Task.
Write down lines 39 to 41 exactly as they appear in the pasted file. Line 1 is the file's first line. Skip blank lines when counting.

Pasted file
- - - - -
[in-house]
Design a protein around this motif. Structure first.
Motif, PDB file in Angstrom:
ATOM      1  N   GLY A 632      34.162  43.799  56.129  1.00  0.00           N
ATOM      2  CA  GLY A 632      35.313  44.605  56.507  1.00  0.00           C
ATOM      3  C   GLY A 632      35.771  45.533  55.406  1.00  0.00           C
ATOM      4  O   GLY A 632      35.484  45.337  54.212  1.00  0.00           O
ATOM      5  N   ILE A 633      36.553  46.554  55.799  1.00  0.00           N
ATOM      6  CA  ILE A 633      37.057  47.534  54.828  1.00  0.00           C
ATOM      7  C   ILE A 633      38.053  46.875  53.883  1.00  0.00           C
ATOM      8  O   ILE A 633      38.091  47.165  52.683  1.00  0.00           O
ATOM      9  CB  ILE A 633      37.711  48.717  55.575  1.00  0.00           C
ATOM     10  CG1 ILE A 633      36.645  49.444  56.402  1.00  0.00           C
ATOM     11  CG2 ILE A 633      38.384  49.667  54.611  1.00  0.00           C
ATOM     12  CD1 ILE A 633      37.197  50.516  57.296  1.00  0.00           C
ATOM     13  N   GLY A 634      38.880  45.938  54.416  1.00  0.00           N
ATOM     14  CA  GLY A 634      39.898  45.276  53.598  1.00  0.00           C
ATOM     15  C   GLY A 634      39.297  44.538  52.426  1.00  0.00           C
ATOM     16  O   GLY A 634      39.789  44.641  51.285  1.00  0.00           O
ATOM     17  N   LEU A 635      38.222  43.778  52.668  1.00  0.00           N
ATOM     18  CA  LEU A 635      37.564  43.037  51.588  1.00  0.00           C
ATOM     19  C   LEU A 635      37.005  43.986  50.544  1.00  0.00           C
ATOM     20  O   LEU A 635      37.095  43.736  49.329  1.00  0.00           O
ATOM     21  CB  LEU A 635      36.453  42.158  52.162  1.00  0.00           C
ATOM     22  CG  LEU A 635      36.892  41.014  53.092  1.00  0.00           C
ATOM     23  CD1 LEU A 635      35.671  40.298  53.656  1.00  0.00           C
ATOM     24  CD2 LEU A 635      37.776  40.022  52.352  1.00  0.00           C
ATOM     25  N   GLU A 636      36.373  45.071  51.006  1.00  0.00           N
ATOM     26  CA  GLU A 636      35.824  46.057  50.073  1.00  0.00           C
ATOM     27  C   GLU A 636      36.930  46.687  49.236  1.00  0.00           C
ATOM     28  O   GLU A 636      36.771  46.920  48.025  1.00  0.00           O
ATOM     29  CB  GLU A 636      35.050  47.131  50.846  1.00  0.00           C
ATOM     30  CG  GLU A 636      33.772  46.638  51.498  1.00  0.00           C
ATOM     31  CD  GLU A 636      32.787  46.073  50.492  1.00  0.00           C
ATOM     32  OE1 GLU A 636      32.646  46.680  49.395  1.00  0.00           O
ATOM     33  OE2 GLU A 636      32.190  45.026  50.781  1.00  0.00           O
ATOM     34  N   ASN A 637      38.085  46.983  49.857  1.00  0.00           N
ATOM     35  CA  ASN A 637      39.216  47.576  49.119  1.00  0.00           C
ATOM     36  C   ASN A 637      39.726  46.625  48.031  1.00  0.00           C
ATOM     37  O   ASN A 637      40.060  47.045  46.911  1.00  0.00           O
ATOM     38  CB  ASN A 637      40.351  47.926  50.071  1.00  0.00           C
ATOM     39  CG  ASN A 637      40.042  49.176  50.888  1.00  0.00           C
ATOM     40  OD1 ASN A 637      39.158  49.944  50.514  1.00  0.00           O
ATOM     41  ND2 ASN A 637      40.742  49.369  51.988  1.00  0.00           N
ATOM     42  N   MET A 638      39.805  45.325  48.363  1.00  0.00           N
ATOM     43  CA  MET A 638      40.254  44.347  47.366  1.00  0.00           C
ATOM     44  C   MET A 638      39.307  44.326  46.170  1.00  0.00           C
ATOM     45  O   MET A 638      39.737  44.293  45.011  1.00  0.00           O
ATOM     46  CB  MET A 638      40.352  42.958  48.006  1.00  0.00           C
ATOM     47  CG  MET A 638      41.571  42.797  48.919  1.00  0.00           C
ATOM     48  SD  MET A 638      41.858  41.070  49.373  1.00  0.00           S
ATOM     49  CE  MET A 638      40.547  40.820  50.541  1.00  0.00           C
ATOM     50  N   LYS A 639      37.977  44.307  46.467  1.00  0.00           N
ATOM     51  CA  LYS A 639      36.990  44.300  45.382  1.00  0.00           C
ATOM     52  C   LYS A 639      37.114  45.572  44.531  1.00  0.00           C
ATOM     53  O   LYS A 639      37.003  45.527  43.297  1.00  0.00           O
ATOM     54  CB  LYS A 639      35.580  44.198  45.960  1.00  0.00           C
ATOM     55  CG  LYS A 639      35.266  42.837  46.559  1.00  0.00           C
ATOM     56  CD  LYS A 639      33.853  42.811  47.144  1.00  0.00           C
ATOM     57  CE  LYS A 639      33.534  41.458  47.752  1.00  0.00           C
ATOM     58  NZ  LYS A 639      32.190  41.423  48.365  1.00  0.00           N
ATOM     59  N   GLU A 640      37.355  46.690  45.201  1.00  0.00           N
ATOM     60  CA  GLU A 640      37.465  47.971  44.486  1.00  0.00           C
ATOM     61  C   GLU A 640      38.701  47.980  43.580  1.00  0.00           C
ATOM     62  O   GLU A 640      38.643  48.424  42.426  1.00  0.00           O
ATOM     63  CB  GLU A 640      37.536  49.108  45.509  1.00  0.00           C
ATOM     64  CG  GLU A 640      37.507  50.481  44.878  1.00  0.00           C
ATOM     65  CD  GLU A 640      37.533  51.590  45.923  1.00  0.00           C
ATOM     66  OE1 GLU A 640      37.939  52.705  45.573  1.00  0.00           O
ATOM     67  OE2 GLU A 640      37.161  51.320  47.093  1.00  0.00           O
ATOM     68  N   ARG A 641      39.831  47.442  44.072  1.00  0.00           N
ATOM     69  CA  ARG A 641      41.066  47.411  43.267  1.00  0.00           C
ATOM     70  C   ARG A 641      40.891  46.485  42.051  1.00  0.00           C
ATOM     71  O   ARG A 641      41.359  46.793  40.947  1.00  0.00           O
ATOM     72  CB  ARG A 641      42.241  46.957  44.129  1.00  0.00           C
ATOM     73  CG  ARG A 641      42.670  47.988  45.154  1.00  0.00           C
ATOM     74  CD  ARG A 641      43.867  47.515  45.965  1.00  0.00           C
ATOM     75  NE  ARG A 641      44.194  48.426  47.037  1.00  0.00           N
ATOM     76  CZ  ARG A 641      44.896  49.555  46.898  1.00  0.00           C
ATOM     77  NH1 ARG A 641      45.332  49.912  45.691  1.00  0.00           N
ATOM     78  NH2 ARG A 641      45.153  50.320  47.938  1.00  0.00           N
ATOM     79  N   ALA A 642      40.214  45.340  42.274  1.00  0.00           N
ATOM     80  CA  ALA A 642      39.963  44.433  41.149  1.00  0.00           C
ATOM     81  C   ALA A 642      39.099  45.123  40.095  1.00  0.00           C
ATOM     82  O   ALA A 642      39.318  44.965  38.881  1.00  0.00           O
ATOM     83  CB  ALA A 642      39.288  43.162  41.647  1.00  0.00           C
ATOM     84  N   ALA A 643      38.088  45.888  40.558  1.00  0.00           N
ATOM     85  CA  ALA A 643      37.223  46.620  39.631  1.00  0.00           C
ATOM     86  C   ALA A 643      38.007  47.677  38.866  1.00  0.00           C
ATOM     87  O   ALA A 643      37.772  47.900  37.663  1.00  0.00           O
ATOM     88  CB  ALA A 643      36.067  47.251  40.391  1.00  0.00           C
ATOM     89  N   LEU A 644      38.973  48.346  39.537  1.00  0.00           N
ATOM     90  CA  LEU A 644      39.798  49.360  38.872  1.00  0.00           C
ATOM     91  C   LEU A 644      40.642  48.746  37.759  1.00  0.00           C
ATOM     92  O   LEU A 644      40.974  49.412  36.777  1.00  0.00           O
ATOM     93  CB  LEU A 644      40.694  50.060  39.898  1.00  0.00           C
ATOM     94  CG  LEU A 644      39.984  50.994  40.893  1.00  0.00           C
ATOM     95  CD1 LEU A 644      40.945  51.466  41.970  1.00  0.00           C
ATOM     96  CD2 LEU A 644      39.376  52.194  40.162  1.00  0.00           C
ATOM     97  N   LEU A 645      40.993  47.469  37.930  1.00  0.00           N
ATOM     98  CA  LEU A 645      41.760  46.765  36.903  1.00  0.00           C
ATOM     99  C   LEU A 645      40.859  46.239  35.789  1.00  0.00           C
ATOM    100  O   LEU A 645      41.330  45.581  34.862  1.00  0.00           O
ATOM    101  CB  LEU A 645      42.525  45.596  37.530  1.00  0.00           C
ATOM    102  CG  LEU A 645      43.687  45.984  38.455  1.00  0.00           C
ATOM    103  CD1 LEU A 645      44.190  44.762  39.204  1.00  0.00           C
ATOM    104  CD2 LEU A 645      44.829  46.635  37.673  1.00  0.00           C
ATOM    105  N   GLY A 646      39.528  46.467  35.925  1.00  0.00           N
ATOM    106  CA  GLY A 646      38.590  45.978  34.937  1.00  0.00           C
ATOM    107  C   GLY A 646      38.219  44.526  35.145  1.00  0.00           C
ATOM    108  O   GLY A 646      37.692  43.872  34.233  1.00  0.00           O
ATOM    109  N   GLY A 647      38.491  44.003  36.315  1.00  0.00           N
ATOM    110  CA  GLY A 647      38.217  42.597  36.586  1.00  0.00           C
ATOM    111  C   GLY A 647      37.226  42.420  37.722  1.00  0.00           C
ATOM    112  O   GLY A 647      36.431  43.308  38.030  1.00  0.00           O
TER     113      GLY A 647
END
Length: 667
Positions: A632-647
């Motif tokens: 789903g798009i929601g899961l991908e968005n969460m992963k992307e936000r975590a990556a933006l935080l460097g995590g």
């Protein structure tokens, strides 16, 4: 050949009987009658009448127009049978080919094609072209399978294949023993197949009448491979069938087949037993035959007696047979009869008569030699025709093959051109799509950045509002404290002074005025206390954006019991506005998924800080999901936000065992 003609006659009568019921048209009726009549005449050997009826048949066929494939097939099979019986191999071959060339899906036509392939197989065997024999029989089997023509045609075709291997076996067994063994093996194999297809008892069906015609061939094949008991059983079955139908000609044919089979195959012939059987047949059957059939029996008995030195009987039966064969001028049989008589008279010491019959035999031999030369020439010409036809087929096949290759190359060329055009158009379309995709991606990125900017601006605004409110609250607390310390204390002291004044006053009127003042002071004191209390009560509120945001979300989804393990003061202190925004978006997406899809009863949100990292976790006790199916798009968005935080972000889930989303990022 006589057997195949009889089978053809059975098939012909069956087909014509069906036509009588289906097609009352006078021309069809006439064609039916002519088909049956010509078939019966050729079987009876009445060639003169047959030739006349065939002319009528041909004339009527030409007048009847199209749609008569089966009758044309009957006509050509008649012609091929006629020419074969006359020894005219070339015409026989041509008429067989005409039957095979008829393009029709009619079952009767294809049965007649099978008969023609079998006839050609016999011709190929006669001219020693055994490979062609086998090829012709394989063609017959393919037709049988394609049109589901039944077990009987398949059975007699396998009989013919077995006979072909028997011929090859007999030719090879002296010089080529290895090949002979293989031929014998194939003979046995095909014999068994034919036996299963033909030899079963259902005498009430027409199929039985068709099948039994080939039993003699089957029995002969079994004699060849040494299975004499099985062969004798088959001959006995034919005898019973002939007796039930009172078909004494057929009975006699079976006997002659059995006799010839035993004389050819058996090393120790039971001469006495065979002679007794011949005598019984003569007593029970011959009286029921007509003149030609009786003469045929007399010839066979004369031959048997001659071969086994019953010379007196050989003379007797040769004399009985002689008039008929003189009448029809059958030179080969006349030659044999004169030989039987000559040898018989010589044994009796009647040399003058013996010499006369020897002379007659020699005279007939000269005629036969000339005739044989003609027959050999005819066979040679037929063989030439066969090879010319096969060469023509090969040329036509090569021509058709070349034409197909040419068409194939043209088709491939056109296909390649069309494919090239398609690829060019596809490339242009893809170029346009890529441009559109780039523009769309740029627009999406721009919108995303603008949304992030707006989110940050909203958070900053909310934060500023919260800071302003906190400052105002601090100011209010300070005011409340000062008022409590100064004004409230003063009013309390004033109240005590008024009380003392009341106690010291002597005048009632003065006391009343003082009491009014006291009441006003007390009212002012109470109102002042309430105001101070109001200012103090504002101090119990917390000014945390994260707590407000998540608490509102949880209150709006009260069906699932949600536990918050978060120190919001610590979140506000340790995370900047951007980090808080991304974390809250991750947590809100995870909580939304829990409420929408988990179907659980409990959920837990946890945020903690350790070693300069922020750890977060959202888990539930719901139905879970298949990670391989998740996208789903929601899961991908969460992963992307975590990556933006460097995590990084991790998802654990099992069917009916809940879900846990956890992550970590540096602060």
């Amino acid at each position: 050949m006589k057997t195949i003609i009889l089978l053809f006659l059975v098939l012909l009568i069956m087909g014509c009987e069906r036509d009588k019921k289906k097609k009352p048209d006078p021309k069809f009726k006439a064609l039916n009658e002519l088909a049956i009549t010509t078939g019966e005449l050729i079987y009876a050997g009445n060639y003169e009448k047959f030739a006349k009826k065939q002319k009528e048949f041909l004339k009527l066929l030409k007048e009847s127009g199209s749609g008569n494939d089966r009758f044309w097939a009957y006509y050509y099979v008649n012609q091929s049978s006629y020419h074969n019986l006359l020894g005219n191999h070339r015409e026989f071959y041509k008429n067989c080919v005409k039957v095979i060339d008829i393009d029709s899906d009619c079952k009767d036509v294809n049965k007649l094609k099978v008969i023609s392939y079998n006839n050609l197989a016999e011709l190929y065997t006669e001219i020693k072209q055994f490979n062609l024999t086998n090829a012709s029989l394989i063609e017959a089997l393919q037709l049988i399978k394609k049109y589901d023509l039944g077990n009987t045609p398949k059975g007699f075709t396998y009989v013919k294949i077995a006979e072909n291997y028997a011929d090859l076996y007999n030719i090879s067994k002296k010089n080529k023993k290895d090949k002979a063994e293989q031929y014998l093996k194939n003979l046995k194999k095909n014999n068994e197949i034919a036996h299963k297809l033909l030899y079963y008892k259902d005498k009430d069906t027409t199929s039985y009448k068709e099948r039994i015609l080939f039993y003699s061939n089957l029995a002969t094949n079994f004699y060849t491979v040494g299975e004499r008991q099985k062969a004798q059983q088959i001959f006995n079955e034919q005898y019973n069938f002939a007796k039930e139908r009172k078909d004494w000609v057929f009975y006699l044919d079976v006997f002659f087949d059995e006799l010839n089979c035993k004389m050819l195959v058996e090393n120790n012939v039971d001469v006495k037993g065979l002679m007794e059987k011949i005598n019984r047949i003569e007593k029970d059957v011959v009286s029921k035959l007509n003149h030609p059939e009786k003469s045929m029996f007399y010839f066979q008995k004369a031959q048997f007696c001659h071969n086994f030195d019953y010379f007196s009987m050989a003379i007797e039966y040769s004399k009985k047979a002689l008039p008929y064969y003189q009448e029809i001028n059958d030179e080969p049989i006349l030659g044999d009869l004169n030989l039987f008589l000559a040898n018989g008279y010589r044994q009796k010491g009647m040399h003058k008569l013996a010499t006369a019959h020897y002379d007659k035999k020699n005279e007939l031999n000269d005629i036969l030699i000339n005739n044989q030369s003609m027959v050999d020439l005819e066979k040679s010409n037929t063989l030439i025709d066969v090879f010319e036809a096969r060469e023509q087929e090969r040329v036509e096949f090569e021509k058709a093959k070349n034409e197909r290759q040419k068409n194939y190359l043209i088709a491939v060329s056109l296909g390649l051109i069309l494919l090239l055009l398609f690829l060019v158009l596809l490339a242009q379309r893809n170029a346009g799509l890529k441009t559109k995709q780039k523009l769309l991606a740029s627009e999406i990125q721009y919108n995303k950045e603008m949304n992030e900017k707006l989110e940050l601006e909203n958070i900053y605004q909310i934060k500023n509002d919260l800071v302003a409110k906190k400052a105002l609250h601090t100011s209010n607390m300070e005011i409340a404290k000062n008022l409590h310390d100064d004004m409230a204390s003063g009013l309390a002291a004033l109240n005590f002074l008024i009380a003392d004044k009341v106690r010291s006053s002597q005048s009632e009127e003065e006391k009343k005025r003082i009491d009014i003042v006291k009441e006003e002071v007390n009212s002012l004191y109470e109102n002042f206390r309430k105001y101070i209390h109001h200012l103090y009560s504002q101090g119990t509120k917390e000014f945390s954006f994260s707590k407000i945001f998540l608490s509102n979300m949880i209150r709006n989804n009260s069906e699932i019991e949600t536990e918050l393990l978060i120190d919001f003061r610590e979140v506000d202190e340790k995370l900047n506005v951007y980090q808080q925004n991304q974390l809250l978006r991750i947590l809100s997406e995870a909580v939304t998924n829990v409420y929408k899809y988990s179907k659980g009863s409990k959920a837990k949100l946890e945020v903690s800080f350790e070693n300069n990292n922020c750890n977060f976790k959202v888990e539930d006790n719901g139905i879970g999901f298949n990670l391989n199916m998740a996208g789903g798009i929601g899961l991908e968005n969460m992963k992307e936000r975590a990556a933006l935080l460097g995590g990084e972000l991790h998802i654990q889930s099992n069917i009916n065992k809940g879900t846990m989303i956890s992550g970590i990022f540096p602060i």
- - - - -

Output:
ATOM     36  C   ASN A 637      39.726  46.625  48.031  1.00  0.00           C
ATOM     37  O   ASN A 637      40.060  47.045  46.911  1.00  0.00           O
ATOM     38  CB  ASN A 637      40.351  47.926  50.071  1.00  0.00           C